The impact of psoriasis
is bigger than what
meets the eye

Psoriasis’ severity is associated with patients’ physical and mental health impairment.[1] Conversely, the non-physical impact of psoriasis can also contribute to its severity.[2] Psoriasis can negatively affect patients' well-being and can be devastating for their self-confidence and life goals.[3][4]

  • Patients with psoriasis have >50% greater risk for depression.
  • More than 37% may have experienced suicidal thoughts.

  • Depression may result from having a chronic skin condition or be a trigger for psoriasis. Depression and psoriasis can also coexist without a cause-consequence relationship.

  • Patients with psoriasis have a more than x2 greater risk for anxiety vs the general population.
  • 99.3% of them feel embarrassed or self-conscious because of their condition.

  • Psoriasis may lead to anxiety because of chronic itch and stigmatisation. Conversely, anxiety may exacerbate psoriasis via an upregulation of pro-inflammatory cytokines.

  • Over 50% of people with psoriasis struggle to sleep.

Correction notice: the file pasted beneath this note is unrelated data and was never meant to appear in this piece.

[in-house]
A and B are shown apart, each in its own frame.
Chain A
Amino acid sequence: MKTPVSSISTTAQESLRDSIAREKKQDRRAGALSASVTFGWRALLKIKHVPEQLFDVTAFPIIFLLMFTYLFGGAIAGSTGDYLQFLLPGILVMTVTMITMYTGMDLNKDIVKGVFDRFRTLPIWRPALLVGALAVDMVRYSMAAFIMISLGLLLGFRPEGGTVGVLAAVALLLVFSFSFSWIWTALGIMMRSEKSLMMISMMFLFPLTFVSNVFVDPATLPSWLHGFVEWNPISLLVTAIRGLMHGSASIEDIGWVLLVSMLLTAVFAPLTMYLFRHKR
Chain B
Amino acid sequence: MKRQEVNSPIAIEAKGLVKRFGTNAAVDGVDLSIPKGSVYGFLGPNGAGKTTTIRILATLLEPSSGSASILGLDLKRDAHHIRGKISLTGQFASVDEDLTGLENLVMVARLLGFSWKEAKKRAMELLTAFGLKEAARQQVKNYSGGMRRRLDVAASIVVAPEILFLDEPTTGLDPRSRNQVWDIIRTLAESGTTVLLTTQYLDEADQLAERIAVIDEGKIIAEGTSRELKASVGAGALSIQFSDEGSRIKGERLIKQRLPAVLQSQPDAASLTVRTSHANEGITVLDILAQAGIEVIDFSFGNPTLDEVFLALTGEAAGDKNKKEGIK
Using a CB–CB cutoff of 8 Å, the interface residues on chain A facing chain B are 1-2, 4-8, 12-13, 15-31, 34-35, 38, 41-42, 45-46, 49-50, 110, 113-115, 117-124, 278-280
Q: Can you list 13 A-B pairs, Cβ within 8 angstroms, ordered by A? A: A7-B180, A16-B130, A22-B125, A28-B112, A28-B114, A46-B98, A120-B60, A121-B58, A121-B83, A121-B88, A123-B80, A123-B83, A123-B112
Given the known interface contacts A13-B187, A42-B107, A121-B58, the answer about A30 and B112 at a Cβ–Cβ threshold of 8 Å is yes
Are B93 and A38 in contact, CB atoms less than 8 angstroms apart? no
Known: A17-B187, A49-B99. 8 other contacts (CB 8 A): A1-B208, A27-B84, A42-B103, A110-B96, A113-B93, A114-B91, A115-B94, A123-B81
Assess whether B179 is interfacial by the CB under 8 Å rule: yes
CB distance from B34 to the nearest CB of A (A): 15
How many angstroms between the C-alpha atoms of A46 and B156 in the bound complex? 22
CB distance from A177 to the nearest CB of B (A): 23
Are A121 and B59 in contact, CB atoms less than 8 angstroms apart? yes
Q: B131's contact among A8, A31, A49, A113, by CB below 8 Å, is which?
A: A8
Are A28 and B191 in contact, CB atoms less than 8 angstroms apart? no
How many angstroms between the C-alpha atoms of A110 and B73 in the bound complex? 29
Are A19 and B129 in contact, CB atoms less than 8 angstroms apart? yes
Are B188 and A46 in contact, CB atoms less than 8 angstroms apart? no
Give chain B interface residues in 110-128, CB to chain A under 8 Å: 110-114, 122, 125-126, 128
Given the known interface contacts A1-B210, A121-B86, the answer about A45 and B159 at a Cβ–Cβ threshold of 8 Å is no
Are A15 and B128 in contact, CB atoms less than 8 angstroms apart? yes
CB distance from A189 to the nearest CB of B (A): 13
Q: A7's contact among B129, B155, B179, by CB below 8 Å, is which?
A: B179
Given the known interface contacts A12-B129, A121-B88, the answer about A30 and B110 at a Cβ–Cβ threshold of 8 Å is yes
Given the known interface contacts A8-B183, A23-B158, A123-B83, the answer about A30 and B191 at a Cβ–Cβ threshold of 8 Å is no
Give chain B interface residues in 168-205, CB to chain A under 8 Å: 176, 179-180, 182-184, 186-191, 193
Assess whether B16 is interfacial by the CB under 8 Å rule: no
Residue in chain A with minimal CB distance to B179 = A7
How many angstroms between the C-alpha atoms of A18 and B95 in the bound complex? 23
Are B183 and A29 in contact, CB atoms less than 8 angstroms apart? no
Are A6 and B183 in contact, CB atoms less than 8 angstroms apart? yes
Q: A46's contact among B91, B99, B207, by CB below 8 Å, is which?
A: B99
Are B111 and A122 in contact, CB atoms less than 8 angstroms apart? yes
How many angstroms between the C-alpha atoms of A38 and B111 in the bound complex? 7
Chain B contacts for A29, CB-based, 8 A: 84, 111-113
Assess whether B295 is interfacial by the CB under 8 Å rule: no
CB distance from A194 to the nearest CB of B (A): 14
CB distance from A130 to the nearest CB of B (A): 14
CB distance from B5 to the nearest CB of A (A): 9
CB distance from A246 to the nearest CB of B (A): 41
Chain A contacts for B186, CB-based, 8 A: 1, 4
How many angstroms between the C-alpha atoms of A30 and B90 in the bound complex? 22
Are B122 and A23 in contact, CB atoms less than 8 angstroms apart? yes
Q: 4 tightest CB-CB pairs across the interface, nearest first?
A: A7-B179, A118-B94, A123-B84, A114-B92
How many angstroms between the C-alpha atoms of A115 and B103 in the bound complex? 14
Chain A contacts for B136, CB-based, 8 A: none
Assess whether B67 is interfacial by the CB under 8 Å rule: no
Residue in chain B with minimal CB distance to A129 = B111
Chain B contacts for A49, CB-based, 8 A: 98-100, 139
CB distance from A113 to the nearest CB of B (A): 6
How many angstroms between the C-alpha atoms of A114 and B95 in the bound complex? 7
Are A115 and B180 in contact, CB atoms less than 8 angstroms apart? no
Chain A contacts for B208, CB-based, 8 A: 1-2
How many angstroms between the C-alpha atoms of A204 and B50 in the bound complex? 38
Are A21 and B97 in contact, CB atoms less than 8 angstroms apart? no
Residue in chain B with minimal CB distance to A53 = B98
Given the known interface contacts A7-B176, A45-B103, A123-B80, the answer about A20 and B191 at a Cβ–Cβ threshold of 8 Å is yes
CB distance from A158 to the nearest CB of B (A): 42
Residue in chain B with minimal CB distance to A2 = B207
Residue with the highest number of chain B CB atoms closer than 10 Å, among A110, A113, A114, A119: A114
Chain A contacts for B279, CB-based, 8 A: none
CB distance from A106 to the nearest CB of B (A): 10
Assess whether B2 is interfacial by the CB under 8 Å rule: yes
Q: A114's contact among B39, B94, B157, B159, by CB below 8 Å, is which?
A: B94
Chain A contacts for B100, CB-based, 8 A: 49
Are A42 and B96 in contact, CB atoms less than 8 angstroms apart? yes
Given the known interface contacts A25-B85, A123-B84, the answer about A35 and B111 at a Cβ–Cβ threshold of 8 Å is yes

• Psoriatic arthritis seems to be the most significant predictor for sleep disorders, as well as pruritus, pain, and psoriasis-related low self-esteem.

  • Sleep disorders may also be secondary to depression.

Psoriasis is complex and associated with varied comorbidities.[8]

Most people with psoriasis are at increased risk for comorbidities such as psoriatic arthritis, inflammatory bowel disease, or cardiovascular disease.[8][9][10]

Psoriasis rarely appears on its own

What are the main comorbidities associated with psoriasis?

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Identify psoriasis

Every type of psoriasis is different.

Manage psoriasis

Different treatments address different needs.